The 9/11 Investment Strategy: Preparing for the Unexpected
“It’s easier to prepare than to predict.” — Hank Brock
I gave my first talk about the 9/11 terrorist attacks yesterday at the New York City chapter of the American Association of Individual Investors (AAII). I moved to New York only a week before the 9/11 attacks in 2001 to become the new president of the Foundation for Economic Education (FEE) and witnessed firsthand the collapse of the Twin Towers. My first job as FEE president was to decide whether we still would have our annual “Liberty Dinner” a month later, with Paul Gigot, editor of the Wall Street Journal, as our keynote speaker. I decided to go ahead with it, and we ended up with a packed audience of 200 people at the Harvard Club.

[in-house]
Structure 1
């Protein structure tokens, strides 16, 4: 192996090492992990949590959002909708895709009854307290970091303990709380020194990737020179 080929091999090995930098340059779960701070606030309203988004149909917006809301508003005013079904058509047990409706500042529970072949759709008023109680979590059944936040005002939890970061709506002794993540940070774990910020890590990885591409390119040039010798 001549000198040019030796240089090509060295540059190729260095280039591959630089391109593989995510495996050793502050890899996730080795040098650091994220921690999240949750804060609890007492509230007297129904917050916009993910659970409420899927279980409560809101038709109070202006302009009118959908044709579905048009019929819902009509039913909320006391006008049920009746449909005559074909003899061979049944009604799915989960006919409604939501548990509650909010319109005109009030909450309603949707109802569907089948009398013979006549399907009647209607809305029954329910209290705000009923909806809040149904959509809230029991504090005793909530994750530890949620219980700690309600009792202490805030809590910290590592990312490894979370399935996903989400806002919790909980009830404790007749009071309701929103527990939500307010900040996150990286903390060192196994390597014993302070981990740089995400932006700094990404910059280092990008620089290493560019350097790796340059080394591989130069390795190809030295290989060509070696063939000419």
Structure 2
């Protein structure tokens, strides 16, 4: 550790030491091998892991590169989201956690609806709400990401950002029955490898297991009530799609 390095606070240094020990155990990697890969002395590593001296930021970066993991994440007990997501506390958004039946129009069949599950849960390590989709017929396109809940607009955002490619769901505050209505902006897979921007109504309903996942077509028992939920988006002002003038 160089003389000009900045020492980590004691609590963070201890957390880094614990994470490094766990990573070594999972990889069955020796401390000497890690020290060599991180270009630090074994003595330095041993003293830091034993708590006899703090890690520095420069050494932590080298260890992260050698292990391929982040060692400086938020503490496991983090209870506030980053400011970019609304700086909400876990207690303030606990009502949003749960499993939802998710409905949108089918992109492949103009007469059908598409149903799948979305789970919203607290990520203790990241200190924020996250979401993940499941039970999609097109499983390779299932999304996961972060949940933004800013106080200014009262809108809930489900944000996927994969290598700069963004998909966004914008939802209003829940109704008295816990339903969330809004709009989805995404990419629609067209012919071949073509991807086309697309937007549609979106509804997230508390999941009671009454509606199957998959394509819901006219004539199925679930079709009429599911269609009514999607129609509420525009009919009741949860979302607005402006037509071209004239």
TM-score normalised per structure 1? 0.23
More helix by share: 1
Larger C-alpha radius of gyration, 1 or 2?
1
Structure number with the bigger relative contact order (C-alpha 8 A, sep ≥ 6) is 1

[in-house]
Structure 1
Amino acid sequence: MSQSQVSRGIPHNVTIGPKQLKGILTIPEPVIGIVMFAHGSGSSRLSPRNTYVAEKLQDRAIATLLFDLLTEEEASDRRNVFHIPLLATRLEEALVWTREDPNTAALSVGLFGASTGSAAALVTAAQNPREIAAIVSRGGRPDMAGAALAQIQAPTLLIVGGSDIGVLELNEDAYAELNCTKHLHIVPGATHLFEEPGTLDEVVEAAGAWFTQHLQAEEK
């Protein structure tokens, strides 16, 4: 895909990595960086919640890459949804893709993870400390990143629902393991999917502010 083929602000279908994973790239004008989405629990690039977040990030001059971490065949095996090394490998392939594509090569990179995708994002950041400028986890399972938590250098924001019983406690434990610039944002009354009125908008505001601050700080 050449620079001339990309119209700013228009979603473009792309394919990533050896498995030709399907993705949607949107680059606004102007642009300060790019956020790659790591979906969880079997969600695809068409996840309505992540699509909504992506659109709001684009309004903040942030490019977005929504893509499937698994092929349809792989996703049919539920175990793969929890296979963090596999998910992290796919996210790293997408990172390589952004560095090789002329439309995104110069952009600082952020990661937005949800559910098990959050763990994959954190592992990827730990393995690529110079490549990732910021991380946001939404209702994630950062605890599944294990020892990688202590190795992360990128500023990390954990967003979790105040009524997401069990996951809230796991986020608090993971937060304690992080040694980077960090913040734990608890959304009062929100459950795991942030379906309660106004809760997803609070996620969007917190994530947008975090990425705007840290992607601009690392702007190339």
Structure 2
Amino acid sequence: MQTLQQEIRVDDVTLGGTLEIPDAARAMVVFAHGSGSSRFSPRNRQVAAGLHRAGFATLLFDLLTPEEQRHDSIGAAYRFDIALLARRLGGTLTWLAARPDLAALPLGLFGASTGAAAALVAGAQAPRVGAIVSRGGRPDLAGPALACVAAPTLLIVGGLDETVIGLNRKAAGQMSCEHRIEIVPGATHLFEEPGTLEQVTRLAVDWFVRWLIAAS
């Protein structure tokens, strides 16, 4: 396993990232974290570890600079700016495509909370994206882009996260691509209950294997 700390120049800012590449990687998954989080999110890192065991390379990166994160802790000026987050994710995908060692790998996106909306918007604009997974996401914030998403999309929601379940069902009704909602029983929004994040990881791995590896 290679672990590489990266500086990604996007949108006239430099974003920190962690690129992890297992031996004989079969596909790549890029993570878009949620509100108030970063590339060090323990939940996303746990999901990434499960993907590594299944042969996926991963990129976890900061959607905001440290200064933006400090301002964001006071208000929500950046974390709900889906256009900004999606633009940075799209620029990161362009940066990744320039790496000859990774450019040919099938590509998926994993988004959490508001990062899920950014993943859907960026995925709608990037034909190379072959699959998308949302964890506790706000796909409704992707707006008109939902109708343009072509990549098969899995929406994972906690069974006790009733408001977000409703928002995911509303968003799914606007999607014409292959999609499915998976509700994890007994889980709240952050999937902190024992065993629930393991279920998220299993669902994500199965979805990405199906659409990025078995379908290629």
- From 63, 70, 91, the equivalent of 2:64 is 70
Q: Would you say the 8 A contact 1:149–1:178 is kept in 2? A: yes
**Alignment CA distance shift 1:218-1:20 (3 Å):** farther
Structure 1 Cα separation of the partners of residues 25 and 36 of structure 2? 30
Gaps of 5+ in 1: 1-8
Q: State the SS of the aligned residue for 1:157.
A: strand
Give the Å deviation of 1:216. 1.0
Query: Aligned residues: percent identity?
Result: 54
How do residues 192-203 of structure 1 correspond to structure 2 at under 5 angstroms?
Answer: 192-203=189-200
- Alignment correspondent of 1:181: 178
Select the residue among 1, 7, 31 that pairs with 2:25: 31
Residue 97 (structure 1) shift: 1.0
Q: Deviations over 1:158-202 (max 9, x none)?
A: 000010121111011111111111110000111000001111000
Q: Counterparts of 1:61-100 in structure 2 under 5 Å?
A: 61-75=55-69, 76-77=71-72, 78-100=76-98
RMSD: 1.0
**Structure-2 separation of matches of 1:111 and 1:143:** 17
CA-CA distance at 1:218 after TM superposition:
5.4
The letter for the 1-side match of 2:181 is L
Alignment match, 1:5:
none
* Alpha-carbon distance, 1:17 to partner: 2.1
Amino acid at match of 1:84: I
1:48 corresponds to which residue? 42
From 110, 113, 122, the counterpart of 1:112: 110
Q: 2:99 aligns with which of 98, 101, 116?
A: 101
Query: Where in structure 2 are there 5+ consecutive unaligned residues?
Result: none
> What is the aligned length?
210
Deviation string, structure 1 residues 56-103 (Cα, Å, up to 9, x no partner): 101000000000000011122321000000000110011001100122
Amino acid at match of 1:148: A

At last night’s AAII meeting, I decided to talk about how to create an investment portfolio that prepares you for unpredictable “black swan” events and other unexpected disasters.
In the week following the 9/11 attacks in 2001, the Dow declined 14%, but long-term Treasury bonds rose 10% and gold skyrocketed 33% to $287 an ounce.
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